Following Gifford's death, a team of pathologists diagnosed him with Chronic Traumatic Encephalopathy, his family said. Prior to his death, Gifford's family said they were suspicious he was "suffering from the debilitating effects of head trauma."
"We decided to disclose our loved one's condition to honor Frank's legacy of promoting player safety dating back to his involvement in the formation of the NFL Players Association in the 1950s," the statement read. "His entire adult life Frank was a champion for others, but especially for those without the means or platform to have their voices heard. He was a man who loved the National Football League until the day he passed, and one who recognized that it was -- and will continue to be -- the players who elevated this sport to its singular statue in American society."
Gifford's family also wrote that they would "continue to support the National Football League and its recent on-field rule changes and procedures to make the game Frank loved so clearly -- and the players he advocated so tirelessly for -- as safe as possible."
Over the last decade, the NFL has instituted nearly 40 rules changes aimed at reducing injuries, especially to the head and neck. Among the changes, teams are limited to 14 days of full-contact practice over the course of the season -- an average of less than one full-contact session a week.
In addition to changes on the field, the NFL has been an active advocate in pushing for further medical research on brain injuries. In September 2012, the league announced a $30 million unrestricted grant to the Foundation of the National Institutes of Health (FNIH) to help spur further research into head injuries. The grant was the single-largest donation the NFL has ever given to any organization.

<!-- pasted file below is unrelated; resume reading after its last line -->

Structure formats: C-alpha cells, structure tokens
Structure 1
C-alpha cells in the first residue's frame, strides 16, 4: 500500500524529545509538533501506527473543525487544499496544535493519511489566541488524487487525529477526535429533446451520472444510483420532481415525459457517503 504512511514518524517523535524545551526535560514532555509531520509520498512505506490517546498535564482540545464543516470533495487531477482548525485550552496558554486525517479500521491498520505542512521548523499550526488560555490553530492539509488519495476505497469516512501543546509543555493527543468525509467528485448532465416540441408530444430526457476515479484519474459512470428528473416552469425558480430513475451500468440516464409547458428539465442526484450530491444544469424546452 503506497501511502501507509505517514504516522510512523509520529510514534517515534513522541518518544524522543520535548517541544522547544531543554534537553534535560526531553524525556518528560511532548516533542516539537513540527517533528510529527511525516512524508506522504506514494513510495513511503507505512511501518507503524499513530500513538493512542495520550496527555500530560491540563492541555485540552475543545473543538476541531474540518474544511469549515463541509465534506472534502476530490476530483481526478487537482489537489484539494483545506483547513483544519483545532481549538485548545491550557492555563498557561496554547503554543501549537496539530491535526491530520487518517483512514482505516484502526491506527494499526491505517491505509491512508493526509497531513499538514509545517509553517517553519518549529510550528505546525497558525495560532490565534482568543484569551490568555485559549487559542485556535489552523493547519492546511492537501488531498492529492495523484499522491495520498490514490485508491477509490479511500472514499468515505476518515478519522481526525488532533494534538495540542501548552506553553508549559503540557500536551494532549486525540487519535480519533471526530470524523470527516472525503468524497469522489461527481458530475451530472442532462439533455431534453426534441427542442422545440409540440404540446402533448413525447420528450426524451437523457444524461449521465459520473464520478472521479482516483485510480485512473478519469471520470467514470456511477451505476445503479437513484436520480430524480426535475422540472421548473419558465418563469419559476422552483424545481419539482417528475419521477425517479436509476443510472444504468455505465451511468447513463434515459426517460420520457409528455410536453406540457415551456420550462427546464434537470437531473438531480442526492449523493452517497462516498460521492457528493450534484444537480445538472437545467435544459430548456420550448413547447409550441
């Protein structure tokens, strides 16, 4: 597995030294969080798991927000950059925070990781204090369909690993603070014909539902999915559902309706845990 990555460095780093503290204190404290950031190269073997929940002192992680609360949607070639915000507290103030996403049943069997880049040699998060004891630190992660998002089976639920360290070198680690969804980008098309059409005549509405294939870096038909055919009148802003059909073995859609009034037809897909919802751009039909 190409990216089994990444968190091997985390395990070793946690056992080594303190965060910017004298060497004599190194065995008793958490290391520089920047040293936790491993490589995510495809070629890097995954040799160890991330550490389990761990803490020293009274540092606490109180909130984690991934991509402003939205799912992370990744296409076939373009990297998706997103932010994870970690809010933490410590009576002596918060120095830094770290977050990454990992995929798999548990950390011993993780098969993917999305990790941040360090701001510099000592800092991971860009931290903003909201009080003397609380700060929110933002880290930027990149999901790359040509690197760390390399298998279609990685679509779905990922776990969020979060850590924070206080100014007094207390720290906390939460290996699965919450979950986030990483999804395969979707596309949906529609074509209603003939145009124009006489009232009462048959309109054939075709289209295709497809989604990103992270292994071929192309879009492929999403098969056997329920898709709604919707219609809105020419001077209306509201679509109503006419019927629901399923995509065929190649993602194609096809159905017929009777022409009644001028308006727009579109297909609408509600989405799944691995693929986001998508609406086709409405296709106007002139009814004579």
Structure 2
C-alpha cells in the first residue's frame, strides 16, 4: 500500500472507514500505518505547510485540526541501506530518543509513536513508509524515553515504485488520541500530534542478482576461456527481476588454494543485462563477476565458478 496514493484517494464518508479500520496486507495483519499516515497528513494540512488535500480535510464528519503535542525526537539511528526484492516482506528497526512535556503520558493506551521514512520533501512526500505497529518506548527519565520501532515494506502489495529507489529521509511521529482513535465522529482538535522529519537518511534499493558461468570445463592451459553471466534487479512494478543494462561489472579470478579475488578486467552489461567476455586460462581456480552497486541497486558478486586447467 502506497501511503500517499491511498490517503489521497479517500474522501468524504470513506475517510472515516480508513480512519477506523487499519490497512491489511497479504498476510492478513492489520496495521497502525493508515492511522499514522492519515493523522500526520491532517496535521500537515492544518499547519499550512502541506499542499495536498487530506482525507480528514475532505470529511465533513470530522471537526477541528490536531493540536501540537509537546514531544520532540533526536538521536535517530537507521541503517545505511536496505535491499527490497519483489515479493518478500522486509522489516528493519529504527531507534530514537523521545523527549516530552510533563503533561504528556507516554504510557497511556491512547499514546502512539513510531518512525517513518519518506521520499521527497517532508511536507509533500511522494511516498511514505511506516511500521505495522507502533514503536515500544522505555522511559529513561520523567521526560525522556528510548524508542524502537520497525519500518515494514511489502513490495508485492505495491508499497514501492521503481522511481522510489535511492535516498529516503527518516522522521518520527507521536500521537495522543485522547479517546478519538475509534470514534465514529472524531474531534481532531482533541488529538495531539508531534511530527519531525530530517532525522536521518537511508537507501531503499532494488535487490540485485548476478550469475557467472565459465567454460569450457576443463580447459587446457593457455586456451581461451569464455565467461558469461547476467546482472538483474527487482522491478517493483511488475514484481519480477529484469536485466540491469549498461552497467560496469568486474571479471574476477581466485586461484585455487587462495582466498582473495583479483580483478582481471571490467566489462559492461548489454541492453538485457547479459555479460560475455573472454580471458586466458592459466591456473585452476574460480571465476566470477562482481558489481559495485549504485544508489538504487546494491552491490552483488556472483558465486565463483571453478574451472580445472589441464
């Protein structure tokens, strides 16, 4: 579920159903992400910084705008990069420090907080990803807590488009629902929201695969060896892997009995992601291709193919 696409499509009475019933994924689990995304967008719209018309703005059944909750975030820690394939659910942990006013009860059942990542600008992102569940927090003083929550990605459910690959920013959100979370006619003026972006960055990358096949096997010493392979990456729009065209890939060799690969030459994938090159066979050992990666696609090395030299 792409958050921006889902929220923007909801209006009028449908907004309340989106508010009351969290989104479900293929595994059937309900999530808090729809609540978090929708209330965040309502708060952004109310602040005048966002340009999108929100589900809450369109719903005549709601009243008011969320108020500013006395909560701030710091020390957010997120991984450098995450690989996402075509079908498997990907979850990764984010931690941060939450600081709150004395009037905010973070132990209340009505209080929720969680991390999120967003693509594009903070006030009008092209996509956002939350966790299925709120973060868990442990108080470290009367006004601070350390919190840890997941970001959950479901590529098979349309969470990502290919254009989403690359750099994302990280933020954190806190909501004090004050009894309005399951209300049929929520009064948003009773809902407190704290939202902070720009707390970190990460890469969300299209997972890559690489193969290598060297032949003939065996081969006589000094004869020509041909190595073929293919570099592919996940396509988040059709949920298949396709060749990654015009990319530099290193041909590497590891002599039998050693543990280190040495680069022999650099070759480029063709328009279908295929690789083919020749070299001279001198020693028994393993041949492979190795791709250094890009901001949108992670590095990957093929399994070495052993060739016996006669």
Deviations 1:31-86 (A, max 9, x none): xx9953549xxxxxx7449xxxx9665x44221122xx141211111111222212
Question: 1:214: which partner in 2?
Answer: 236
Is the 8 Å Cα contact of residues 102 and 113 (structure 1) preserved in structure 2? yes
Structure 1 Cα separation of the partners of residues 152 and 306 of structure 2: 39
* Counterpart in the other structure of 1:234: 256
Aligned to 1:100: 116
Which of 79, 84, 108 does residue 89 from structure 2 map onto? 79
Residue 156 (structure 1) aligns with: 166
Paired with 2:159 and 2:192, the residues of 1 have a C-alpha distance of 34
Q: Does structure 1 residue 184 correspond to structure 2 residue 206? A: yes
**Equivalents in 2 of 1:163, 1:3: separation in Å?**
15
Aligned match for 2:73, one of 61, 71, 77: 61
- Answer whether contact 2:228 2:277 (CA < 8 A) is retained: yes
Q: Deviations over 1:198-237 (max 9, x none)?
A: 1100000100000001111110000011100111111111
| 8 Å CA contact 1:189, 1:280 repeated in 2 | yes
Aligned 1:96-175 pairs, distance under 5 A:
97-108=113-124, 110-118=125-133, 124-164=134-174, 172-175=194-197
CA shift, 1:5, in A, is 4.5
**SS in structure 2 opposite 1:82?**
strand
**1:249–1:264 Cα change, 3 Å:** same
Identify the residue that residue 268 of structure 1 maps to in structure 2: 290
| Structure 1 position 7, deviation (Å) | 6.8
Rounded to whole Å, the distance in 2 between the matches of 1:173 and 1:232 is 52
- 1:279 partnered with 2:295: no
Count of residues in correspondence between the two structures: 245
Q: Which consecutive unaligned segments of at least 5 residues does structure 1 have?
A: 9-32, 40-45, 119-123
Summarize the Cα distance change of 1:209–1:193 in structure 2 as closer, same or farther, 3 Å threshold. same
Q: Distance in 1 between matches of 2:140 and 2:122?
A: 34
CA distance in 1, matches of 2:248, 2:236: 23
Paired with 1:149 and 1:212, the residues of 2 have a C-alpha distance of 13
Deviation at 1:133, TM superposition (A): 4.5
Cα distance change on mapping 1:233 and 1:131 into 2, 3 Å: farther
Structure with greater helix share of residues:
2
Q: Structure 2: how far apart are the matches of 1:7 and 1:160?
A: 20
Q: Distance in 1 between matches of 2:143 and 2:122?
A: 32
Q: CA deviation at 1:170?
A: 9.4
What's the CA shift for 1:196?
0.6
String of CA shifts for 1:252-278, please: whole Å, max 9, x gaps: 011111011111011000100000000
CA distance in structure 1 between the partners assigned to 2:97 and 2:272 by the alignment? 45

"We are working now to improve the safety of our game," NFL Commissioner Roger Goodell said in a statement Wednesday. "The NFL has made numerous rules changes to the game, all to enhance player health and safety at all levels of football."
Gifford, the NFL's Most Valuable Player in 1956, was the centerpiece of the New York Giants' offense in the 1950s and early '60s. In addition to running back, he also played receiver and defensive back during his 12 seasons with the team.
The Giants released a statement regarding Gifford's CTE diagnosis: "We have great respect and sympathy for the Gifford family. We all miss Frank dearly. We support the family's decision to contribute to the discussion and research of an issue we take very seriously."
After retiring, Gifford worked as an announcer and later as an analyst for ABC's "Monday Night Football" broadcasts.